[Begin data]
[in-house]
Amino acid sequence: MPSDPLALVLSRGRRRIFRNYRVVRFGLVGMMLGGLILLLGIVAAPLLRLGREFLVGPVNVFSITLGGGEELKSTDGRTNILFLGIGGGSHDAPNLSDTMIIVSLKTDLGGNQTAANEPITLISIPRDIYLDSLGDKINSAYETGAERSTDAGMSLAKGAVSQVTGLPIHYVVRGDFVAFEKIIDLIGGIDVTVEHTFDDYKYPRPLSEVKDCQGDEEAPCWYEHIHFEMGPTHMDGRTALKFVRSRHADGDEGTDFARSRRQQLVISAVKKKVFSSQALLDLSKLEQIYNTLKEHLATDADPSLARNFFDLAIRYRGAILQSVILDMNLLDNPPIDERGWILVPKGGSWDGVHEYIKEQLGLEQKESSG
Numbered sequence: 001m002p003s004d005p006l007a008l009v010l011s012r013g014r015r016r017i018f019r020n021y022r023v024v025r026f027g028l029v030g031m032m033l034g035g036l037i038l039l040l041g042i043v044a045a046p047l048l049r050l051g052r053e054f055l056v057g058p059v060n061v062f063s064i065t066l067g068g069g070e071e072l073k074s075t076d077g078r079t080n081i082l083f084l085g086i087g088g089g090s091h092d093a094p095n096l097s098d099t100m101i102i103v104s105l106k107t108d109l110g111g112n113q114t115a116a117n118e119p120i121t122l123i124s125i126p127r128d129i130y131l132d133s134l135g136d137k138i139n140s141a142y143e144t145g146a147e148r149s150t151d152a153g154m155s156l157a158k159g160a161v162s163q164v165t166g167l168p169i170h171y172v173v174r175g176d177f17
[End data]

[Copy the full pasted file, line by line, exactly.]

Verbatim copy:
[in-house]
Amino acid sequence: MPSDPLALVLSRGRRRIFRNYRVVRFGLVGMMLGGLILLLGIVAAPLLRLGREFLVGPVNVFSITLGGGEELKSTDGRTNILFLGIGGGSHDAPNLSDTMIIVSLKTDLGGNQTAANEPITLISIPRDIYLDSLGDKINSAYETGAERSTDAGMSLAKGAVSQVTGLPIHYVVRGDFVAFEKIIDLIGGIDVTVEHTFDDYKYPRPLSEVKDCQGDEEAPCWYEHIHFEMGPTHMDGRTALKFVRSRHADGDEGTDFARSRRQQLVISAVKKKVFSSQALLDLSKLEQIYNTLKEHLATDADPSLARNFFDLAIRYRGAILQSVILDMNLLDNPPIDERGWILVPKGGSWDGVHEYIKEQLGLEQKESSG
Numbered sequence: 001m002p003s004d005p006l007a008l009v010l011s012r013g014r015r016r017i018f019r020n021y022r023v024v025r026f027g028l029v030g031m032m033l034g035g036l037i038l039l040l041g042i043v044a045a046p047l048l049r050l051g052r053e054f055l056v057g058p059v060n061v062f063s064i065t066l067g068g069g070e071e072l073k074s075t076d077g078r079t080n081i082l083f084l085g086i087g088g089g090s091h092d093a094p095n096l097s098d099t100m101i102i103v104s105l106k107t108d109l110g111g112n113q114t115a116a117n118e119p120i121t122l123i124s125i126p127r128d129i130y131l132d133s134l135g136d137k138i139n140s141a142y143e144t145g146a147e148r149s150t151d152a153g154m155s156l157a158k159g160a161v162s163q164v165t166g167l168p169i170h171y172v173v174r175g176d177f17